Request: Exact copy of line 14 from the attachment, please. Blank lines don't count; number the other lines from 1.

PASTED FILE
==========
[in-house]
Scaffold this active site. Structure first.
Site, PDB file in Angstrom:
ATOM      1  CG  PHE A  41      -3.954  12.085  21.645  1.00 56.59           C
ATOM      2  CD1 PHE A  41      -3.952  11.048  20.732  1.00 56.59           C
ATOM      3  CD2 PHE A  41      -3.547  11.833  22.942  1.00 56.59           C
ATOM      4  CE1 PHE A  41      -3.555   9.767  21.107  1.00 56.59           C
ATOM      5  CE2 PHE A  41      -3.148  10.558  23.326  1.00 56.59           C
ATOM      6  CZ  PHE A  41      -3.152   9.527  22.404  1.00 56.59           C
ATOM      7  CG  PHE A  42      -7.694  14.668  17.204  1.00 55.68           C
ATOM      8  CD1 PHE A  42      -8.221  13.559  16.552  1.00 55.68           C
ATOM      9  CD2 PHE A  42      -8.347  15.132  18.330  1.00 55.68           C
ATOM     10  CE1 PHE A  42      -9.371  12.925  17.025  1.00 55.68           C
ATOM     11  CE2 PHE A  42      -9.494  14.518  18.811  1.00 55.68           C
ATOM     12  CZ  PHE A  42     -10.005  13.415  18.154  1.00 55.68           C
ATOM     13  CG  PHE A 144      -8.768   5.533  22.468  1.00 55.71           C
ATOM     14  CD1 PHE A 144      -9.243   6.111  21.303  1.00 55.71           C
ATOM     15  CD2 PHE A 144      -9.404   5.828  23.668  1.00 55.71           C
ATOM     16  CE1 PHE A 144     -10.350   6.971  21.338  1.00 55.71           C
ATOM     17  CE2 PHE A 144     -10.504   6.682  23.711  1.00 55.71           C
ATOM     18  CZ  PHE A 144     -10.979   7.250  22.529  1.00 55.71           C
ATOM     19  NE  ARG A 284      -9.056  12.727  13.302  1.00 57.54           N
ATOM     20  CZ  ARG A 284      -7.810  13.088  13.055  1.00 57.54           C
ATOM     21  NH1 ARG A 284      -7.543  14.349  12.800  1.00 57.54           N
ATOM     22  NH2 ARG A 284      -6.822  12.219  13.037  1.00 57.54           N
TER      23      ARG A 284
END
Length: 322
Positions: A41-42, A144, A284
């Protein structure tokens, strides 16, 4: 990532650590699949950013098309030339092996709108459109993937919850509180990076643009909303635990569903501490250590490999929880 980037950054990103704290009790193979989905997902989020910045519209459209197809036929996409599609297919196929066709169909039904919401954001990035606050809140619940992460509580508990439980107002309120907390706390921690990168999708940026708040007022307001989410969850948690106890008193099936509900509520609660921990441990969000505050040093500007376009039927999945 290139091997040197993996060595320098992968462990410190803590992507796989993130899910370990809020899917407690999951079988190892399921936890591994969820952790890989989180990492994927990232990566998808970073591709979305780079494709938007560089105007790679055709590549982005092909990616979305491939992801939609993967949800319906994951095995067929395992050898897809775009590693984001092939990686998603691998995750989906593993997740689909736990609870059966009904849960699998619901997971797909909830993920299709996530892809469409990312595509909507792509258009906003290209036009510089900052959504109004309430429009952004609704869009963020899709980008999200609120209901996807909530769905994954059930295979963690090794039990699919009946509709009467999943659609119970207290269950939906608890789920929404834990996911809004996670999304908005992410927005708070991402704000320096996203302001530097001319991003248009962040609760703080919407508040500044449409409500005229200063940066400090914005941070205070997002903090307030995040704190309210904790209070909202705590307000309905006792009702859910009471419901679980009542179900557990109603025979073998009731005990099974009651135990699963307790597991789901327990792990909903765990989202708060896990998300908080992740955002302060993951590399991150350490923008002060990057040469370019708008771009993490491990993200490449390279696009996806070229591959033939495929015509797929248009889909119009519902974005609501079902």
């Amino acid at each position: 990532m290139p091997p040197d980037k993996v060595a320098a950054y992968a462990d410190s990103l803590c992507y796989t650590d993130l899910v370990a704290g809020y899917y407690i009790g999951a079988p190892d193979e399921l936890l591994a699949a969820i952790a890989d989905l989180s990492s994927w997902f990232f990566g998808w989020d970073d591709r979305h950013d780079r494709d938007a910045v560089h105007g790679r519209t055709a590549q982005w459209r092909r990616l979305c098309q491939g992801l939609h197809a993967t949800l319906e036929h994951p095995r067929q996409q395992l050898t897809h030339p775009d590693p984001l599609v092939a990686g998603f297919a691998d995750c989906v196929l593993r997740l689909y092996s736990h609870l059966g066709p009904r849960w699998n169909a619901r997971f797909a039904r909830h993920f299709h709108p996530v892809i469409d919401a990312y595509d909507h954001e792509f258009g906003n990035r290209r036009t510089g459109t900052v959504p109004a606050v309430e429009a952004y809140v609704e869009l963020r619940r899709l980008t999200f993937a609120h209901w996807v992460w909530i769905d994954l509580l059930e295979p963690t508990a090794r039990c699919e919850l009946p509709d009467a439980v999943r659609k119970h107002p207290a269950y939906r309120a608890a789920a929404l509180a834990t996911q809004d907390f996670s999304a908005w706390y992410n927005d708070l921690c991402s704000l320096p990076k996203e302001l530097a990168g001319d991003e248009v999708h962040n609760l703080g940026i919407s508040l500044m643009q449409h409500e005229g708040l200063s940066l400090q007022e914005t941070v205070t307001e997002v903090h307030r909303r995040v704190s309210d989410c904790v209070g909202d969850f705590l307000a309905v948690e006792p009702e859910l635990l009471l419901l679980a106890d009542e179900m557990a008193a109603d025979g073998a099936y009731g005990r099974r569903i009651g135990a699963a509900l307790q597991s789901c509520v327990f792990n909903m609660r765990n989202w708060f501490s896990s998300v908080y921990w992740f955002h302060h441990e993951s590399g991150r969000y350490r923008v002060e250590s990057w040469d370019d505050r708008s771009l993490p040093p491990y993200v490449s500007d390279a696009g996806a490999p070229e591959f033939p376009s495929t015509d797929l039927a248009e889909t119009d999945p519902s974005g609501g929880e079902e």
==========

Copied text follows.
ATOM     11  CE2 PHE A  42      -9.494  14.518  18.811  1.00 55.68           C